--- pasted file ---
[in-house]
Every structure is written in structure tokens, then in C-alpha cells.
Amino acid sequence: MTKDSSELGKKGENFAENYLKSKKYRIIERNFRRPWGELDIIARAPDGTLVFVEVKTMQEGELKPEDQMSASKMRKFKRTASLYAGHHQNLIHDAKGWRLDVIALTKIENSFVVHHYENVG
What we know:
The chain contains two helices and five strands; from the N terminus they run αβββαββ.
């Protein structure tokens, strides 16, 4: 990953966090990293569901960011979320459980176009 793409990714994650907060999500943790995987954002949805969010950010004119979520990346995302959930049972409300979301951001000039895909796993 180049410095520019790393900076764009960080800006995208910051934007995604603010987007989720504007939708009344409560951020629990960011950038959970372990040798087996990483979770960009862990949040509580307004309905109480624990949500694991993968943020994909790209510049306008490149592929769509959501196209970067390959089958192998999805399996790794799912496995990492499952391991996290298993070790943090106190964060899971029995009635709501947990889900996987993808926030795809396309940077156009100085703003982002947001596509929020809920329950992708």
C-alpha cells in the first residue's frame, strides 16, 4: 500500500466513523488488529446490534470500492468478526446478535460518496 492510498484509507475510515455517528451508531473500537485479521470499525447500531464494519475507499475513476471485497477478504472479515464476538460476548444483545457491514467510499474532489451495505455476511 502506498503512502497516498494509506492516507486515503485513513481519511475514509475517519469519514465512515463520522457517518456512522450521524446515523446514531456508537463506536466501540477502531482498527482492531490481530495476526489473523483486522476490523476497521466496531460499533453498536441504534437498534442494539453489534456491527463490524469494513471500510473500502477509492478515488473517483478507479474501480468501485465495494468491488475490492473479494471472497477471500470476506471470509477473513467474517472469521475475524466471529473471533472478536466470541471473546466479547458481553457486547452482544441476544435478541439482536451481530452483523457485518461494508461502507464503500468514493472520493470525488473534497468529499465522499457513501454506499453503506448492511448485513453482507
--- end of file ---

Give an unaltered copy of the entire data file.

[in-house]
Every structure is written in structure tokens, then in C-alpha cells.
Amino acid sequence: MTKDSSELGKKGENFAENYLKSKKYRIIERNFRRPWGELDIIARAPDGTLVFVEVKTMQEGELKPEDQMSASKMRKFKRTASLYAGHHQNLIHDAKGWRLDVIALTKIENSFVVHHYENVG
What we know:
The chain contains two helices and five strands; from the N terminus they run αβββαββ.
């Protein structure tokens, strides 16, 4: 990953966090990293569901960011979320459980176009 793409990714994650907060999500943790995987954002949805969010950010004119979520990346995302959930049972409300979301951001000039895909796993 180049410095520019790393900076764009960080800006995208910051934007995604603010987007989720504007939708009344409560951020629990960011950038959970372990040798087996990483979770960009862990949040509580307004309905109480624990949500694991993968943020994909790209510049306008490149592929769509959501196209970067390959089958192998999805399996790794799912496995990492499952391991996290298993070790943090106190964060899971029995009635709501947990889900996987993808926030795809396309940077156009100085703003982002947001596509929020809920329950992708």
C-alpha cells in the first residue's frame, strides 16, 4: 500500500466513523488488529446490534470500492468478526446478535460518496 492510498484509507475510515455517528451508531473500537485479521470499525447500531464494519475507499475513476471485497477478504472479515464476538460476548444483545457491514467510499474532489451495505455476511 502506498503512502497516498494509506492516507486515503485513513481519511475514509475517519469519514465512515463520522457517518456512522450521524446515523446514531456508537463506536466501540477502531482498527482492531490481530495476526489473523483486522476490523476497521466496531460499533453498536441504534437498534442494539453489534456491527463490524469494513471500510473500502477509492478515488473517483478507479474501480468501485465495494468491488475490492473479494471472497477471500470476506471470509477473513467474517472469521475475524466471529473471533472478536466470541471473546466479547458481553457486547452482544441476544435478541439482536451481530452483523457485518461494508461502507464503500468514493472520493470525488473534497468529499465522499457513501454506499453503506448492511448485513453482507